Siri has some catching up to do.
As the day-one Google I/O keynote came to a close Tuesday in Mountain View, California, it was clear that the tech giant had left the right impression on the developers in attendance: Specifically, one of awe. Of particular note was the wide range of tasks handled by Google Assistant — tasks that, at present, Apple’s Siri could only dream of (could Siri dream).
Want Google Assistant to make a phone call for you? Perhaps book a haircut appointment by having an actual conversation with a real human? No problem, that feature was demoed today and will be available to users “as an experiment” in the coming weeks.
And that’s not the only Assistant-related news that Google announced today.
“Thanks to our progress in language understanding, you’ll soon be able to have a natural back-and-forth conversation with the Google Assistant without repeating ‘Hey Google’ for each follow-up request,” explains a Google press release.
And it’s not like this is some Google black magic — Amazon made a similar functionality possible with Alexa.
Importantly, Apple announced a limited version of this at last year’s Worldwide Developer’s Conference, but that’s cold comfort when Siri still struggles to understand many requests in the first place.
Oh yeah, and six new voices are coming. But wait, there’s more.
Google Assistant will also soon help you navigate within Google Maps “so you can get information while keeping your hands on the wheel and your eyes on the road,” and, on mobile, will “give you a quick snapshot of your day with suggestions based on location, time of day, and recent interactions.”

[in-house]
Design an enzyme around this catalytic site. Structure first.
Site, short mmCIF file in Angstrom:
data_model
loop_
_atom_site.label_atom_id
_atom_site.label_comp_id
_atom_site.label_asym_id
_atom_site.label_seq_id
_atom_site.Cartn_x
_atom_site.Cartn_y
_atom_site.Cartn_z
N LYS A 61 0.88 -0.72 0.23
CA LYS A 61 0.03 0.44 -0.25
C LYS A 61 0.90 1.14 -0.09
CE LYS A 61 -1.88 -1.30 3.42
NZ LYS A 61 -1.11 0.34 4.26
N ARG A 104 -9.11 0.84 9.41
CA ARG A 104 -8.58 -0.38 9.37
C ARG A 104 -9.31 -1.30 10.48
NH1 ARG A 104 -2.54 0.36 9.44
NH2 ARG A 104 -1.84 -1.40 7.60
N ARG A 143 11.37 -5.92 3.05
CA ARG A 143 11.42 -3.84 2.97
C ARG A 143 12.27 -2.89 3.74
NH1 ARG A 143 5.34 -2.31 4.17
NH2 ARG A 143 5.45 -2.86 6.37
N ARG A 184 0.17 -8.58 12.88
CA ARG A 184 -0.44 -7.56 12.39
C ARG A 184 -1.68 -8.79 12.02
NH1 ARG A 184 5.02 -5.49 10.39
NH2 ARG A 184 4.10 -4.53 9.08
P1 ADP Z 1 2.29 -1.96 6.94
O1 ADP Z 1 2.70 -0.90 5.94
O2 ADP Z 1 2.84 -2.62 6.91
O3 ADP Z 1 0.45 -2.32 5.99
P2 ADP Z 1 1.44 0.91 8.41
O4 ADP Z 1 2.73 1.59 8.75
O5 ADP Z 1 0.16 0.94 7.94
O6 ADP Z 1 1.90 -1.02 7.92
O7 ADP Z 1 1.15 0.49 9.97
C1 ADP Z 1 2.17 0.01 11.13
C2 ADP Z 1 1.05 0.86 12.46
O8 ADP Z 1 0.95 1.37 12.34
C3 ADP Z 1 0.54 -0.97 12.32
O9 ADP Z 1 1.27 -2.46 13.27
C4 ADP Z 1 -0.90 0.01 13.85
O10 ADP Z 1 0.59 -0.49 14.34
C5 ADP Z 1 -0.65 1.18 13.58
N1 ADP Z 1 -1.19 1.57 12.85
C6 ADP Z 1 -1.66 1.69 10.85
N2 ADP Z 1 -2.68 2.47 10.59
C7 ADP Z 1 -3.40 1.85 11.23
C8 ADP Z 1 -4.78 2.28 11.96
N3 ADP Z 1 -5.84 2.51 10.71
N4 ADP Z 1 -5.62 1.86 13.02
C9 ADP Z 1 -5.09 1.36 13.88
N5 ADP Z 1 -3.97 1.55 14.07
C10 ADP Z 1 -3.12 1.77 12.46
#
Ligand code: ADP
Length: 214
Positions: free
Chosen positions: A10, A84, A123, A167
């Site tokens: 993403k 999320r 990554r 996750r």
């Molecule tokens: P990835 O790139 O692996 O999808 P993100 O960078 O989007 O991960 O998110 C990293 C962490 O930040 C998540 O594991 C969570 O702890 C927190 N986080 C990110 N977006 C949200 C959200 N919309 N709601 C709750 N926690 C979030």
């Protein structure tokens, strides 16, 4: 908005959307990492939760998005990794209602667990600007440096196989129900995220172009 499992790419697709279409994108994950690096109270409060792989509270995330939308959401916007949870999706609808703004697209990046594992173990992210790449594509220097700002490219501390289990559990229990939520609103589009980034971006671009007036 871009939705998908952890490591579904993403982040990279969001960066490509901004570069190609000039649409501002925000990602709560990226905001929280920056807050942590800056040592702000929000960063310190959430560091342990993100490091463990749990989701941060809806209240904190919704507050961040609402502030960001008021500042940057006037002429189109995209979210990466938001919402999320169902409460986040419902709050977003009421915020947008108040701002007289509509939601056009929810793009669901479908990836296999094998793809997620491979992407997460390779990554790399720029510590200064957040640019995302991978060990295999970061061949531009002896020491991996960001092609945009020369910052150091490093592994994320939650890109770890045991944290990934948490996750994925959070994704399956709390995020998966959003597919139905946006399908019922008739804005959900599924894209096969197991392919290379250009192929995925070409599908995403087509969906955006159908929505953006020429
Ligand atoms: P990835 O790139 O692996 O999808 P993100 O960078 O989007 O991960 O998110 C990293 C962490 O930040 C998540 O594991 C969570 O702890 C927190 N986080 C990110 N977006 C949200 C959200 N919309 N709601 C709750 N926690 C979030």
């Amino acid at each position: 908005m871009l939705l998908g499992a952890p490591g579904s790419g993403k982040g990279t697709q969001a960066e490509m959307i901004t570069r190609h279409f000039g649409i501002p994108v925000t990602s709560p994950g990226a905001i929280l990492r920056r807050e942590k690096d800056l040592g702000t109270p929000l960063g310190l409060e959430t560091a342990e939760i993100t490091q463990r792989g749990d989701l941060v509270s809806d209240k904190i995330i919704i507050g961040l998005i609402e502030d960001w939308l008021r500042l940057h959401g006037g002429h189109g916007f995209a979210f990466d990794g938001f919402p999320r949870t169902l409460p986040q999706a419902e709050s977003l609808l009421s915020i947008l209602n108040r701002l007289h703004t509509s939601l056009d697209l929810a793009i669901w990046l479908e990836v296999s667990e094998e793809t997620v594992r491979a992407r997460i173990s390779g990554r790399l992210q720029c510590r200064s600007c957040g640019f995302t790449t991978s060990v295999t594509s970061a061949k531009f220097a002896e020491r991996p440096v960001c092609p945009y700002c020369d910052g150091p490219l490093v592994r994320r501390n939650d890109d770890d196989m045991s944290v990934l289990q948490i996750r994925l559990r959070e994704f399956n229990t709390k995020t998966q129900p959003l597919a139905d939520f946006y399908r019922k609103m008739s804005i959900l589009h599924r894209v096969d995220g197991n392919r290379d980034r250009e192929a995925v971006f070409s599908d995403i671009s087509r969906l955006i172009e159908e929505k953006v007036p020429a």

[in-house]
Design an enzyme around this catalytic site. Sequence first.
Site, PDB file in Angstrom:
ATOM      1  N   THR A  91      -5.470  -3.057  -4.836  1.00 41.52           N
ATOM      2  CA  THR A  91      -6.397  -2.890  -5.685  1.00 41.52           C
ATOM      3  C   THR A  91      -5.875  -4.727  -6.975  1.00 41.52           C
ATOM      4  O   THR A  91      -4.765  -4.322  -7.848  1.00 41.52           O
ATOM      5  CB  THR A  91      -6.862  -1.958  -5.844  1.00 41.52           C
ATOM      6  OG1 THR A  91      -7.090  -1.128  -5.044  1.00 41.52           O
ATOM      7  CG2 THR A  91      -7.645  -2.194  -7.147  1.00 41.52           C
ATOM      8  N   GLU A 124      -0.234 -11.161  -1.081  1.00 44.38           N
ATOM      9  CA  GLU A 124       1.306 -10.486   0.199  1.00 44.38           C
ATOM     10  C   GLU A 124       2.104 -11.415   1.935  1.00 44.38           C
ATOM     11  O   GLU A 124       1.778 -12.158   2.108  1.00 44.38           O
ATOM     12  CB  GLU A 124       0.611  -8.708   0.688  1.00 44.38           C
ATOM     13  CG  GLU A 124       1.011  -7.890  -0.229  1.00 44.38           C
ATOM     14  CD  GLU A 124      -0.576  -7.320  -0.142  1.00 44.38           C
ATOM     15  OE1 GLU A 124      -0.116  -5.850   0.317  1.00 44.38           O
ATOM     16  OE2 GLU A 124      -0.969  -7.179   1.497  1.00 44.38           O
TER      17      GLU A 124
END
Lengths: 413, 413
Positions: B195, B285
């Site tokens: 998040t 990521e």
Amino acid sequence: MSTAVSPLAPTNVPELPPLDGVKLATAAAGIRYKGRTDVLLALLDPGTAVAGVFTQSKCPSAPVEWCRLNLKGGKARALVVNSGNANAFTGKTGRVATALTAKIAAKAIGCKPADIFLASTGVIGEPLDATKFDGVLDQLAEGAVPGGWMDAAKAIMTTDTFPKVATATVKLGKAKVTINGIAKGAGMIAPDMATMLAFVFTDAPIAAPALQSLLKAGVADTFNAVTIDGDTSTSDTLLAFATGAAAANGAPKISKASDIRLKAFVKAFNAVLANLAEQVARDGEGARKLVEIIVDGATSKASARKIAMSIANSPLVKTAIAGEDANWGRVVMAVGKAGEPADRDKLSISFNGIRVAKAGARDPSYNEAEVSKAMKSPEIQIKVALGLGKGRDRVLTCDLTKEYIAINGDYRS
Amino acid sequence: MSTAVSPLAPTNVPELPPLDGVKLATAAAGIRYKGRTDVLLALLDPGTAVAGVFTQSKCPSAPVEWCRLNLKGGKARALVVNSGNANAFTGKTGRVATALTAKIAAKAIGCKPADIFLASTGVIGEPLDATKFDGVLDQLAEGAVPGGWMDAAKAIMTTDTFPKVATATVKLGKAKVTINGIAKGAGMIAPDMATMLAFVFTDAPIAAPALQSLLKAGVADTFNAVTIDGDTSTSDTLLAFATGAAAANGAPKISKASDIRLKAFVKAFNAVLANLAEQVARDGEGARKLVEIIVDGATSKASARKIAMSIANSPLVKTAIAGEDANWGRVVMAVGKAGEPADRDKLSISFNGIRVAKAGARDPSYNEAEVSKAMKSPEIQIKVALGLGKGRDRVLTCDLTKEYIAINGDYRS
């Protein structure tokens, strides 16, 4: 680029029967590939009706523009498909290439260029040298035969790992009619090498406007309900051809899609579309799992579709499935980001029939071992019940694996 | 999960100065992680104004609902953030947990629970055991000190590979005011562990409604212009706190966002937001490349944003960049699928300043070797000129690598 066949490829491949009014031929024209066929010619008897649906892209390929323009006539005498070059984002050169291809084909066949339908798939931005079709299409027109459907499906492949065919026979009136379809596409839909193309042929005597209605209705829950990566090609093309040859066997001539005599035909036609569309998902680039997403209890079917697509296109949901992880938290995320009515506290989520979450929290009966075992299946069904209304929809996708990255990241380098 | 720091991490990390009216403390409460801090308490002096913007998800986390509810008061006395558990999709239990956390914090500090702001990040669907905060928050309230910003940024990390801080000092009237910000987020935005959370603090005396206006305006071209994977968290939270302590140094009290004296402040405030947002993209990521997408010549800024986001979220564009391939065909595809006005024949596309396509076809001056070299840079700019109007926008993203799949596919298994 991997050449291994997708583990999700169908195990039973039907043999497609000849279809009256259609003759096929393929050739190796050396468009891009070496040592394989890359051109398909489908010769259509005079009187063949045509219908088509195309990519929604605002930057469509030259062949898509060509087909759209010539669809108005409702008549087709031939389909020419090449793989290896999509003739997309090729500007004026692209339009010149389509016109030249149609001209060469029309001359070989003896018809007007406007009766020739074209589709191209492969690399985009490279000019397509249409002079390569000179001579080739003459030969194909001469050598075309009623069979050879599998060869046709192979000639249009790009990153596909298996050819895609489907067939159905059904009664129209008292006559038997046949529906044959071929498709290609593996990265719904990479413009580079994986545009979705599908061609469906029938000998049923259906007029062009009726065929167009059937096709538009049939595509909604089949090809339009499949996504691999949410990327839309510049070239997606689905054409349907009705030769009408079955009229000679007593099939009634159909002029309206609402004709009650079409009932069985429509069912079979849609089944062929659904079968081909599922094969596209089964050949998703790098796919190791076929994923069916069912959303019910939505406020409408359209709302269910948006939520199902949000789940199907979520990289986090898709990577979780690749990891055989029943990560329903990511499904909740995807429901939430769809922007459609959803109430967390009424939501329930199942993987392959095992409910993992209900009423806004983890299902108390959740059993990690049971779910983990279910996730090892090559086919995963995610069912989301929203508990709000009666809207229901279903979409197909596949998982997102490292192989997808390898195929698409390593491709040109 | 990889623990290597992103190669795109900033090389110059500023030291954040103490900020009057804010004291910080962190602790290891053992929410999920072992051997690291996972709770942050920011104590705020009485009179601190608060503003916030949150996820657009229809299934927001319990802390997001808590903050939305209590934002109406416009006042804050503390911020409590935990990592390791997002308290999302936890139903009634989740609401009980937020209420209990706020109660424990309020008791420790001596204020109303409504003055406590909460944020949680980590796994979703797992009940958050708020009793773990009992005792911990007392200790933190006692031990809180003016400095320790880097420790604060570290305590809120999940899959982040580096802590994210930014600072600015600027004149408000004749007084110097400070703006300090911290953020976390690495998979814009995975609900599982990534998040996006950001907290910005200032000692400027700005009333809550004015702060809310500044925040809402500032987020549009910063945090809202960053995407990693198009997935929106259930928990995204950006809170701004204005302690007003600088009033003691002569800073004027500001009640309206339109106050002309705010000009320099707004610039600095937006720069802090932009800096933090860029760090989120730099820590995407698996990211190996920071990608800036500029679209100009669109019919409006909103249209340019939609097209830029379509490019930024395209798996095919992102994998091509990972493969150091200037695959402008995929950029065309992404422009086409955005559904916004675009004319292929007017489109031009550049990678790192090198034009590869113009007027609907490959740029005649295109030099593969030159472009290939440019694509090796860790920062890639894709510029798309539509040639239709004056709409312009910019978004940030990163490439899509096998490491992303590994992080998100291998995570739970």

These are all real-world applications that people might actually use, and they put Siri to shame.
I mean, can you imagine Siri making an entire phone call for you? Like, not just dialing a number, but calling a human and having a full conversation with them? No, of course you can’t, because for the most part Siri is useless junk.
Sure, Siri is really good at super simple stuff like setting your alarm, or unexpectedly dropping profanity, but a punctual foulmouth isn’t going to revolutionize smart assistants.
Google Assistant, on the other hand, is on its way to doing just that. Maybe that’s why Apple hired John Giannandrea, Google’s top AI exec, earlier this spring.
Either way, Siri continues to lag behind Google Assistant, and today’s keynote emphasized just how wide the gulf between the two assistants really is.
The ball is in Siri’s court. Now we just have to wait and see if it can figure out what to do with it.